I’m very excited to share with you that we have already reached 47% of this year’s Annual Campaign goal! With your help, we can do even more to support urgent and ongoing needs throughout the year.
We have a fantastic, limited time opportunity to double your impact right now (before the end of May)! Just click here to make your gift and it will be MATCHED; together, we can increase our impact here in Western Massachusetts to sustain essential services, Jewish education, cultural events, and more, while also supporting Jews in need all over the world.
Last week, it was my honor to attend the Life & Legacy Annual Conference here in downtown Springfield, celebrating the impact of legacy giving through Jewish organizations around the country. We had wonderful representation from our Jewish Federation, including three staff and two board members, and all of us were deeply moved by the difference that this national program has made, from its beginnings here with the Harold Grinspoon Foundation and our Jewish Endowment Foundation in 2008. THANK YOU to our many community members whose commitment will live on in perpetuity. If you’d like to know more about Create a Jewish Legacy in Western Massachusetts, please reach out any time!
Later this month, join Jewish Federations on Tuesday, May 30 at 1 pm ET for an open, interactive conversation about investing in LGBTQ+ Jews and their loved ones’ mental health and wellbeing in Jewish spaces. Jewish communal professionals and lay leaders will come away with a deeper understanding of the mental health issues and needs of the LGBTQ+ Jewish community. LGBTQ Jews, their loved ones, and professionals who serve them will gain knowledge of resources available to them and feel empowered to engage with those resources. Register here.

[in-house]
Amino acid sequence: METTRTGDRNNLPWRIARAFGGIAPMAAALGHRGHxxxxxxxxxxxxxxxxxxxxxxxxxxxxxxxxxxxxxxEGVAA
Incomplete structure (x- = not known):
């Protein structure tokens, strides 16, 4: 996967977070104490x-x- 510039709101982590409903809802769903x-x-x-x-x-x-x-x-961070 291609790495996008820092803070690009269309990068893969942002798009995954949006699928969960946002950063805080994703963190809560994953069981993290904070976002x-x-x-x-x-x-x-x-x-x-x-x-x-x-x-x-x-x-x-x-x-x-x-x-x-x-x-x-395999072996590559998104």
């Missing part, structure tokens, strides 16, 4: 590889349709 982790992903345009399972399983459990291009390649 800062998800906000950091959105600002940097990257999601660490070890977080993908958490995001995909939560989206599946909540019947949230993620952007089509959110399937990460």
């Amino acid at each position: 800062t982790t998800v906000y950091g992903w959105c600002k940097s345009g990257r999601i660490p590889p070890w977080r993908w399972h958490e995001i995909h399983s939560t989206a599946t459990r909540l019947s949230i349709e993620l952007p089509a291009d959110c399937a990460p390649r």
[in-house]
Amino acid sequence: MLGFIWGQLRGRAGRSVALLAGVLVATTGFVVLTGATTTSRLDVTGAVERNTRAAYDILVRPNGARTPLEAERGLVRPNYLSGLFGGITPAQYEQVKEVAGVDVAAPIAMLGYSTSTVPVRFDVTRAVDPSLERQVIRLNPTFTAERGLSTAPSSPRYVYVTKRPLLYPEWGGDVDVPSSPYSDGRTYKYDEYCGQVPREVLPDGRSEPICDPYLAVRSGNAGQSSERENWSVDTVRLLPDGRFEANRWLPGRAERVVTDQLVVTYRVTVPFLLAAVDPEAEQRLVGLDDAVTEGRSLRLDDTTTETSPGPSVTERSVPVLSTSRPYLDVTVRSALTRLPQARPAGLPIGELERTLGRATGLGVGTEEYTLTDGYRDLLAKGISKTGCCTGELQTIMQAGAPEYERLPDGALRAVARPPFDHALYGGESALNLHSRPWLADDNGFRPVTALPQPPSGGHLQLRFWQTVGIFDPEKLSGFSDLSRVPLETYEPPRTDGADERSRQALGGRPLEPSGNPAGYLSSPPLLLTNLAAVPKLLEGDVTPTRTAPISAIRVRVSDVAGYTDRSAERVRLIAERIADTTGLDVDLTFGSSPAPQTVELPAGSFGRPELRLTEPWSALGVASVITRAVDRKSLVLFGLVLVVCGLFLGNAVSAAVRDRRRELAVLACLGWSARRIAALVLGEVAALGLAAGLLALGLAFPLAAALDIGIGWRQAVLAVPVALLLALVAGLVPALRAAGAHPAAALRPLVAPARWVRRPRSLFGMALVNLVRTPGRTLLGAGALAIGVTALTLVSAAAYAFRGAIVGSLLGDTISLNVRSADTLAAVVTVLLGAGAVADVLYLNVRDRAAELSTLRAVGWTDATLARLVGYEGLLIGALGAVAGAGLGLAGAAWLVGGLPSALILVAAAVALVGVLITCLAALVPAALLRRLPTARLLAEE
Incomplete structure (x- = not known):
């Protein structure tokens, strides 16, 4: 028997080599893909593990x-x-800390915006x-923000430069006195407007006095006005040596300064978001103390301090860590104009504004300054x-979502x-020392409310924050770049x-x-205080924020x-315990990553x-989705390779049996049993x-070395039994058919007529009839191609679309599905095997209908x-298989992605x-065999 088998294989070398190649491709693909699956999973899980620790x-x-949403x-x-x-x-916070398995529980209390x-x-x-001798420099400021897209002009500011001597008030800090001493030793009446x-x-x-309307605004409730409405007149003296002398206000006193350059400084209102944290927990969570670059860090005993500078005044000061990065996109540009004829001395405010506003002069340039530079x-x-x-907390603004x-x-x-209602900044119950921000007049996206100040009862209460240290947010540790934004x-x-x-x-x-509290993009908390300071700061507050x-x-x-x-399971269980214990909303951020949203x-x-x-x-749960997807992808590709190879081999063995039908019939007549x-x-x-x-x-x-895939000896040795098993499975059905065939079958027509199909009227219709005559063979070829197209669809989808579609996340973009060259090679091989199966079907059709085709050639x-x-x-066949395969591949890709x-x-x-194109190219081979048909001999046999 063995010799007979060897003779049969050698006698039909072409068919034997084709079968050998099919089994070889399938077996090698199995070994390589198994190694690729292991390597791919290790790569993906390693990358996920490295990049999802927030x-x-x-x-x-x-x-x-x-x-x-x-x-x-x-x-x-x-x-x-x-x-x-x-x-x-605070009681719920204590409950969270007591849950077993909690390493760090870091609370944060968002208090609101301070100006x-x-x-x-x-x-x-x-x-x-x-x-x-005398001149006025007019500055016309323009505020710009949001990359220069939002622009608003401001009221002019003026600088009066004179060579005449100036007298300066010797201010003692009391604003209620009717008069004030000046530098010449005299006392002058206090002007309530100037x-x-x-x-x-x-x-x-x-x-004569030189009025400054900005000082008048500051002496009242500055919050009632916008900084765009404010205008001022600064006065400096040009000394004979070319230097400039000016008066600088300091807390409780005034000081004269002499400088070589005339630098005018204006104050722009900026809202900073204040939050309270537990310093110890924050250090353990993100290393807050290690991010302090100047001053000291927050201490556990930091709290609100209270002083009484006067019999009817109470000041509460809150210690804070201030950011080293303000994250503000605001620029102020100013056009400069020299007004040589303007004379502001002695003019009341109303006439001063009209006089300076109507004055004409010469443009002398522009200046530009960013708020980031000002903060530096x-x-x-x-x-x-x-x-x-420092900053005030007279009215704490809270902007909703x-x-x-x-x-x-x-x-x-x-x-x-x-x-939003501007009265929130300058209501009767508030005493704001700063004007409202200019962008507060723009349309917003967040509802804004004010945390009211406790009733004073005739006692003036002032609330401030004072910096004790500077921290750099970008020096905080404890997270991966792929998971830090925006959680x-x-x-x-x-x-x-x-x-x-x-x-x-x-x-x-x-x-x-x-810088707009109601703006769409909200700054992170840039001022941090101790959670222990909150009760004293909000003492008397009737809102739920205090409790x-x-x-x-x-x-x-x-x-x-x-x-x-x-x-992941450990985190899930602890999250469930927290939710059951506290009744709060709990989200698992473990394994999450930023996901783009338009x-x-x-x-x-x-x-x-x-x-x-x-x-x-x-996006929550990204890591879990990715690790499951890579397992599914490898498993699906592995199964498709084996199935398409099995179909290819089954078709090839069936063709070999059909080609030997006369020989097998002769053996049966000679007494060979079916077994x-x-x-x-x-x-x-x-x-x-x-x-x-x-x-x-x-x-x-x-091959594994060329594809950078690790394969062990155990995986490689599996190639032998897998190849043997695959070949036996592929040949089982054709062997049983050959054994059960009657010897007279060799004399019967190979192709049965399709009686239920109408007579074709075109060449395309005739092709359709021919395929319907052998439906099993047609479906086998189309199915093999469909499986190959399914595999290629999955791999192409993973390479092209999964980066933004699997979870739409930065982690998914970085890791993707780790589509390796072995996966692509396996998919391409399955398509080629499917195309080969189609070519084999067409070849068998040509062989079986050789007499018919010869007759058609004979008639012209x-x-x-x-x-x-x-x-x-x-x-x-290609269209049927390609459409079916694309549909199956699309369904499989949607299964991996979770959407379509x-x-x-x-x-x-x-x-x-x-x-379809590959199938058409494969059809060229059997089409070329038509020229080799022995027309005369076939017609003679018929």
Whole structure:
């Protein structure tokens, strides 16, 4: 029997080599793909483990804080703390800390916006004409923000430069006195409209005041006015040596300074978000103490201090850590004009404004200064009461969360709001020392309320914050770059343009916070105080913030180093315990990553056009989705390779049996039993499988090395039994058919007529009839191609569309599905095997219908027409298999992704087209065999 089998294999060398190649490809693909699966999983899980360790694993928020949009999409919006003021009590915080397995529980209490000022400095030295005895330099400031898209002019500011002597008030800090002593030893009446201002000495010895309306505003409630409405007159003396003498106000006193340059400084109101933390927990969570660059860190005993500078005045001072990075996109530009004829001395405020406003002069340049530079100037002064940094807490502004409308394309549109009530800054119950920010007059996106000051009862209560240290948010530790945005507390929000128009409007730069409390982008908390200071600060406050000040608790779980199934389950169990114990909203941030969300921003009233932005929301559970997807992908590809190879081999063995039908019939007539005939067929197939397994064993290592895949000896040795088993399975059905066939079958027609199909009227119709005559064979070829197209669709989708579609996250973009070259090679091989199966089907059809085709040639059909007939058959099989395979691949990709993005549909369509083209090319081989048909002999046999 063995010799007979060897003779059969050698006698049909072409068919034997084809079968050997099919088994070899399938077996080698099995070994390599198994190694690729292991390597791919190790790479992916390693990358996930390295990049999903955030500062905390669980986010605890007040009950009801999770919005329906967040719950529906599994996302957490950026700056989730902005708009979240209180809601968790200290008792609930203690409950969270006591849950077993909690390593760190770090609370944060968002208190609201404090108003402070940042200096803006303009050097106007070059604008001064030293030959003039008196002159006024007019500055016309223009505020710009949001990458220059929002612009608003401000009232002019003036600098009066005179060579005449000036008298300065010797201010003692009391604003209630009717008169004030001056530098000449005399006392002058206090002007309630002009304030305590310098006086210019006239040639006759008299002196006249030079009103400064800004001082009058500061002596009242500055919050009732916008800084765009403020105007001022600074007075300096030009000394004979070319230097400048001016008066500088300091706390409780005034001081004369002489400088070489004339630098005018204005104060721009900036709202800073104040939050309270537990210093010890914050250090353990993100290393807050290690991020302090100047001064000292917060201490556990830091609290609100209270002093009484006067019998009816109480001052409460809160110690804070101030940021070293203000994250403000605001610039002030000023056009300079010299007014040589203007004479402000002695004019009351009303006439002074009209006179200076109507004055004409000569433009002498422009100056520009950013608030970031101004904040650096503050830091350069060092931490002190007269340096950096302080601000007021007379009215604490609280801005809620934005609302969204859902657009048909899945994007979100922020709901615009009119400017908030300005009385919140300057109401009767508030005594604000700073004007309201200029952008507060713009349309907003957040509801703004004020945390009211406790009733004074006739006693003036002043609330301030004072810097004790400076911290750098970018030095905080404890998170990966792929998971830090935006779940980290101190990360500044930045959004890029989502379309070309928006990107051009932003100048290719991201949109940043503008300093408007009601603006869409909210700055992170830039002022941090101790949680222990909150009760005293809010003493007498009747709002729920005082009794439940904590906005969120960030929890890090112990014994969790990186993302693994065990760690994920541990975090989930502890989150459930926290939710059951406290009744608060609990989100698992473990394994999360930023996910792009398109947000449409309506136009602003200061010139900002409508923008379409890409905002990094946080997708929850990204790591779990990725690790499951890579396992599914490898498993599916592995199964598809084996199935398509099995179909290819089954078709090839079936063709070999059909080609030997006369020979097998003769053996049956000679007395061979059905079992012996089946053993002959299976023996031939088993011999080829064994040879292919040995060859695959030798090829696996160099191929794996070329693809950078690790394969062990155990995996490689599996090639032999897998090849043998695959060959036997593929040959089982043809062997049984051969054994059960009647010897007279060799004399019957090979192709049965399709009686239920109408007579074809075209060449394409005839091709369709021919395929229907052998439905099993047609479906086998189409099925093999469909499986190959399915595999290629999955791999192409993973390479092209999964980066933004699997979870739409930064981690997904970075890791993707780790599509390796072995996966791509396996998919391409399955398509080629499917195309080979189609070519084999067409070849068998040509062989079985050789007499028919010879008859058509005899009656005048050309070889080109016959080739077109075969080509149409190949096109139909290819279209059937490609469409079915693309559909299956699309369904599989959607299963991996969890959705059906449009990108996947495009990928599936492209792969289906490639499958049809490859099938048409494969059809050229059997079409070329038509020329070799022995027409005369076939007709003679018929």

I hope you will join us at 2pm on Sunday, June 4 for a special LIVE reading of original works from The Braid’s emerging artists, performed by professional actors. For information about more upcoming events and opportunities, check out our Community Calendar!
Updates and reminders from our national network:
This past week was, thankfully, much quieter in Israel. A ceasefire that went into effect after Shabbat has held, putting an end to five days of violence—including more than 1,200 rockets launched at Israel—fomented by Palestinian Islamic Jihad. The conflict resulted in the deaths of more than 35 people, most of whom were Palestinians. Jewish Federations and our partners provided support through The Jewish Agency for Israel’s Victims of Terror Fund to 20 victims of terror and to the families of those killed. For more on Federations’ help, click here.
On Wednesday, Jewish Federations joined other major Jewish organizations from around the country and around the world to urge the United Nations to adopt the International Holocaust Remembrance Association (IHRA) definition of antisemitism. To read the letter, click here. At the same time, Jewish Federations are also advocating for the White House to use the same definition in its emerging national strategy to combat antisemitism in America. Jewish Federations have been working directly with the White House to advance multiple priority issue areas for inclusion in the plan, which will have more than 200 policy plans and recommendations.
The City of Kyiv has publicly recognized the role of Jewish Federations in saving lives and helping the Ukrainian people during the ongoing war with Russia. On the “Avenue of International Aid” that the city has built in Independence Square, seven sakura (Japanese cherry) trees have been planted to recognize the seven countries that have been at the forefront of relief efforts in Ukraine: the USA, Canada, Lithuania, Israel, Great Britain, Poland and Germany. The center tree honors Israel, with a plaque that carries the names and logos of the Jewish Federations of North America and of the Israel Trauma Coalition. A QR code will link to an explanation of Jewish Federations’ activities in Ukraine. For more, click here.
Also on Wednesday, Jewish Federations cosponsored the US Department of Agriculture’s first-ever Jewish American Heritage Month Celebration. The event highlighted the contributions of the Jewish community to agriculture and to the fight against hunger. The event followed President Biden’s celebration of Jewish history and culture at the White House on Tuesday night, where Board Chair Julie Platt headed a delegation of Jewish Federation leaders (and her son, Ben, performed.)